The 'Greenest' New Cars of the Year

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The 2018 Hyundai Ioniq Electric is the most environmentally friendly car according to the American Council for an Energy Efficient Economy.

Though gas prices have been creeping up over the past year, to most consumers they remain relatively affordable. However, there remains a fairly large subset of car buyers for whom saving money at the pump, and/or choosing a model that’s less harmful to the environment, remains of paramount concern.

To that end the American Council for an Energy Efficient Economy (ACEEE) in Washington, D.C., compiles its annual list of the “greenest” cars for sale in the U.S. For 2018, half of the 12 cleanest rides on the road are full-electric vehicles, led for the second year in a row by the Hyundai Ioniq Electric hatchback that boasts an operating range of 124 miles on a charge and the electric equivalent of 150/122 mpg.

The worst offenders in this regard are full-size pickup trucks and truck-based SUVs, led by the Mercedes-Benz G550 4X4 (Squared) with a rock-bottom Green Score of 19. Other mean machines for 2018 include a pair of new high-performance SUVs, the Dodge Durango SRT with a 475-horsepower supercharged V8 and the Jeep Grand Cherokee TrackHawk that puts a blazing 707-horsepower to the pavement.

Be aware, however, that while higher-mileage and electric cars are inherently less damaging to the environment than conventional petrol-powered vehicles, all else being equal, the ACEEE considers more than just a model’s fuel economy when computing its Green Score. Also evaluated is a car or truck’s overall impact on the environment, including manufacturing disposal impact, and energy source. Updates to this year’s methodology include new estimates of emissions associated with electricity production, as well as updated emissions from the manufacturing and recycling of vehicles.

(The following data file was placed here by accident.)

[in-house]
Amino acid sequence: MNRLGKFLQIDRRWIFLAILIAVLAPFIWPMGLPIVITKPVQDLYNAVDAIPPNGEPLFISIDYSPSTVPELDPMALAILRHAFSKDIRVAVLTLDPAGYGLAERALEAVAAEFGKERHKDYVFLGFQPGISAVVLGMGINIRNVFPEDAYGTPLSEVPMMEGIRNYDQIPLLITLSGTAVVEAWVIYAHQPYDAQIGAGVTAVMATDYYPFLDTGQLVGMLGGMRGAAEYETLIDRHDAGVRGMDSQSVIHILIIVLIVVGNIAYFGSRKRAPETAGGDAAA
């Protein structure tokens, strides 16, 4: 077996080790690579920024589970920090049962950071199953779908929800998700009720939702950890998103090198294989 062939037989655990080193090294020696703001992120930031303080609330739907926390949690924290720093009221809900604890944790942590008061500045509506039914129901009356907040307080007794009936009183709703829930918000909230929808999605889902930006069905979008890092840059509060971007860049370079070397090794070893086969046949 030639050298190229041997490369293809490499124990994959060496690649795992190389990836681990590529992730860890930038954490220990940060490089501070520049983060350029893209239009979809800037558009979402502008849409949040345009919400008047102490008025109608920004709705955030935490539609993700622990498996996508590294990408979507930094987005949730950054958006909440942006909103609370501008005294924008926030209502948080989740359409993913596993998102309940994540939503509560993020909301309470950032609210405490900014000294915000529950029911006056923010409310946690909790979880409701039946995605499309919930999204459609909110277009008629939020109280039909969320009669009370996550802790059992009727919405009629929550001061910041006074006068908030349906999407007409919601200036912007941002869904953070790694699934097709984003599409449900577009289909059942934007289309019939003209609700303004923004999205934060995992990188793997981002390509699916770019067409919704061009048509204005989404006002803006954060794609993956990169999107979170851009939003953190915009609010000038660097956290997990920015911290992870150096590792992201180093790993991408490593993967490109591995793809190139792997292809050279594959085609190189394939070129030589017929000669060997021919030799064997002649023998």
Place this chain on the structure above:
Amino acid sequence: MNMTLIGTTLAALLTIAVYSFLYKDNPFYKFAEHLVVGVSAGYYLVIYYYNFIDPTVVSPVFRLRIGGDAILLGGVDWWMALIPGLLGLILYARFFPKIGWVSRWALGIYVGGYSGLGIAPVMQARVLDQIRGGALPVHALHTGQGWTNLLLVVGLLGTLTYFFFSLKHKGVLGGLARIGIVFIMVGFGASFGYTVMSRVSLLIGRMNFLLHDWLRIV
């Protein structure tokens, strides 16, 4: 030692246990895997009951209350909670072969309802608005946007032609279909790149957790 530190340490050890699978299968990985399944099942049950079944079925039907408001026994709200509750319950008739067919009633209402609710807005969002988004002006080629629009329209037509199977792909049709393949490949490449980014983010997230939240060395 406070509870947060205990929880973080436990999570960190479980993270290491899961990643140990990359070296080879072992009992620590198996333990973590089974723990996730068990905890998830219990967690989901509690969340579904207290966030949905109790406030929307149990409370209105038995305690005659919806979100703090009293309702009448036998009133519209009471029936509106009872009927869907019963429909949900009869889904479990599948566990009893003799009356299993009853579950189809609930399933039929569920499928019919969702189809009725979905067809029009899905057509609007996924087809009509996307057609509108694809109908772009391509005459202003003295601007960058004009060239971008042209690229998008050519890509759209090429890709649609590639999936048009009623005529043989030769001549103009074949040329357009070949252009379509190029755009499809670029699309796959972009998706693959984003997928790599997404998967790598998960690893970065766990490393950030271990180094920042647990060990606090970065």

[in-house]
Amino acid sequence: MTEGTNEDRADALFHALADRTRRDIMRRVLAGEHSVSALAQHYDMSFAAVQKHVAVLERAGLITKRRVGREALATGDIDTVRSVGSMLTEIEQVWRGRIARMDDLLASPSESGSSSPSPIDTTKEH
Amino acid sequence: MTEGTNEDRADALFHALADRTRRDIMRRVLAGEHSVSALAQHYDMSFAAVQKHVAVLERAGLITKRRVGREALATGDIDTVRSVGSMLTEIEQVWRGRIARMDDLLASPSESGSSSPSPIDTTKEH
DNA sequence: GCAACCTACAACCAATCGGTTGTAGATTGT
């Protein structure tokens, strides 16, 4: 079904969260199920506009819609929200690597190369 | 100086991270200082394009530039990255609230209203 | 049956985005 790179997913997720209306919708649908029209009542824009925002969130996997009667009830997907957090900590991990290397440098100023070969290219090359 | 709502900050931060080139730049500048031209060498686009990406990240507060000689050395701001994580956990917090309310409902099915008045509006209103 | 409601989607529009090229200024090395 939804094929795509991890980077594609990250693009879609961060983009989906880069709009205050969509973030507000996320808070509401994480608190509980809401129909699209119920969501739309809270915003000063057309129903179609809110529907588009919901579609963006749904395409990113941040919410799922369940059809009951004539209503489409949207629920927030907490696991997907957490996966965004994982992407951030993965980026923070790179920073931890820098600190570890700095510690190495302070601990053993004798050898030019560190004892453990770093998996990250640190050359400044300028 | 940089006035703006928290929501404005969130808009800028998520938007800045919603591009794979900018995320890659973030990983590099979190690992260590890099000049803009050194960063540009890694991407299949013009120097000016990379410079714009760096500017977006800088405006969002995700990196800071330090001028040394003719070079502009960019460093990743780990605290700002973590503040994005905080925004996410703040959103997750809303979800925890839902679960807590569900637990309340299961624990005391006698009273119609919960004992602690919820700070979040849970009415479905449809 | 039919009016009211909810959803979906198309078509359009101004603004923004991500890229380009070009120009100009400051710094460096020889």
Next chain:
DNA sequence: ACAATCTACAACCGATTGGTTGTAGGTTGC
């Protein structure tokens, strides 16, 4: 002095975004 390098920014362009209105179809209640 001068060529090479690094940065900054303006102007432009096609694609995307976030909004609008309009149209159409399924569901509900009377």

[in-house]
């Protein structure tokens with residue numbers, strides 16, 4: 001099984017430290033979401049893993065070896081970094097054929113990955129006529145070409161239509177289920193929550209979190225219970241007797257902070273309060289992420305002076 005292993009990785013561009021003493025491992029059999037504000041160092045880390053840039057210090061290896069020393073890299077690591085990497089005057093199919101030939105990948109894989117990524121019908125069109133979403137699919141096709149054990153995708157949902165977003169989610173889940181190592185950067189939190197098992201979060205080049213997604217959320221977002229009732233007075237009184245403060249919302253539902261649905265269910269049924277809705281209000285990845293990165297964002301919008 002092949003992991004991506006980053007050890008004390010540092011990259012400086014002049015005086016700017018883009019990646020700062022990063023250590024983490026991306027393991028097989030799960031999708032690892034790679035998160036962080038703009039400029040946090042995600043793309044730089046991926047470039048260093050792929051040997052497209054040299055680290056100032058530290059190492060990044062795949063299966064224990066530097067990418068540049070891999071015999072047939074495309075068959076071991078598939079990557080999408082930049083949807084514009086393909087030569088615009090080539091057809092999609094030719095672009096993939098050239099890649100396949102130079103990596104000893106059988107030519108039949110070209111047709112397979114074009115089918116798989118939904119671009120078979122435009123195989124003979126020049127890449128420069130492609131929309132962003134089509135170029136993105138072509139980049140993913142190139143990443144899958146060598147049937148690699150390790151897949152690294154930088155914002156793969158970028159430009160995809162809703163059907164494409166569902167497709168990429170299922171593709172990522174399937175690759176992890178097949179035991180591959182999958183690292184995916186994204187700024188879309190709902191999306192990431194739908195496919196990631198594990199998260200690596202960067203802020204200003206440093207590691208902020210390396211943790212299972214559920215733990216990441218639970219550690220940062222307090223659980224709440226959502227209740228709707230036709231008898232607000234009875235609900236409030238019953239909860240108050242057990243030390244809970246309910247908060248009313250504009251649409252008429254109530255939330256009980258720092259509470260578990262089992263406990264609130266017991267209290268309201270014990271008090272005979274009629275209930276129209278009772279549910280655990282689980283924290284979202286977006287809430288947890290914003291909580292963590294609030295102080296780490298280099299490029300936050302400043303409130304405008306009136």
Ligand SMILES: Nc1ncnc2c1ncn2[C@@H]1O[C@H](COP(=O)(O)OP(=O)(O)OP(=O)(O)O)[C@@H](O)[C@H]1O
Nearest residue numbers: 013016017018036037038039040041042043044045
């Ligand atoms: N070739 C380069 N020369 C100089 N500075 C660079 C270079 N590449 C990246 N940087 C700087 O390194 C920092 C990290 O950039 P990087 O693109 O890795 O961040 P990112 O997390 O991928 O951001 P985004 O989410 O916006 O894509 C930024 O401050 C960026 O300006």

And at that, the environmental impact of a given plug-in model will vary depending on where an owner lives. While an all-electric car generates zero tailpipe emissions, its overall impact depends greatly on the effect to which the local power source used to generate the electricity adversely affects the air, ground and/or water. That means EVs tend to fare best in states where renewable energy resources are prevalent, like California, New York, and the Pacific Northwest, and less so in central U.S. states like Colorado, Kansas and Missouri because of their greater dependence on fossil fuels to produce electricity.

Beyond the lists of environmental winners and sinners, the ACEEE also provides car shoppers with lists of more environmentally friendly choices in all car classes. Non-hybrid or plug-in models with top score in their respective market segments for 2018 include the subcompact Toyota Yaris iA sedan, Honda CR-V and Mercedes-Benz GLA250 crossover SUVs, Chrysler Pacifica minivan, and the Chevrolet Colorado/GMC Canyon Diesel and Ford F-150 pickup trucks.

More information on 2018 cars, trucks, and SUVs can be found at the ACEEE’s website. (Not included, however, is data for exotic car lines having extremely low sales volumes, as well as Class 2b pickups weighing above 8,500 lbs.)

‘Greenest’ 2018 Cars
1. Hyundai Ioniq Electric: Green Score 70.

2. Smart ForTwo Electric Drive Coupe: Green Score 69.

3. 3. BMW i3 BEV: Green Score 68.

4. Tesla Model 3 EV Long Range: Green Score 67.

5. Kia Soul EV: Green Score 66.

6. Chevrolet Bolt EV: Green Score 66.

7. Hyundai Ioniq Blue Hybrid: Green Score 65.

8. Toyota Prius Eco Hybrid: Green Score 64.

9. Ford Focus Electric: Green Score 64.

10. Kia Niro Plug-In Hybrid: Green Score 63.

11. Honda Clarity Plug-in Hybrid: Green Score 62.

12. Chevrolet Volt Extended-Range EV: Green Score 62.

Source: American Council for an Energy Effici

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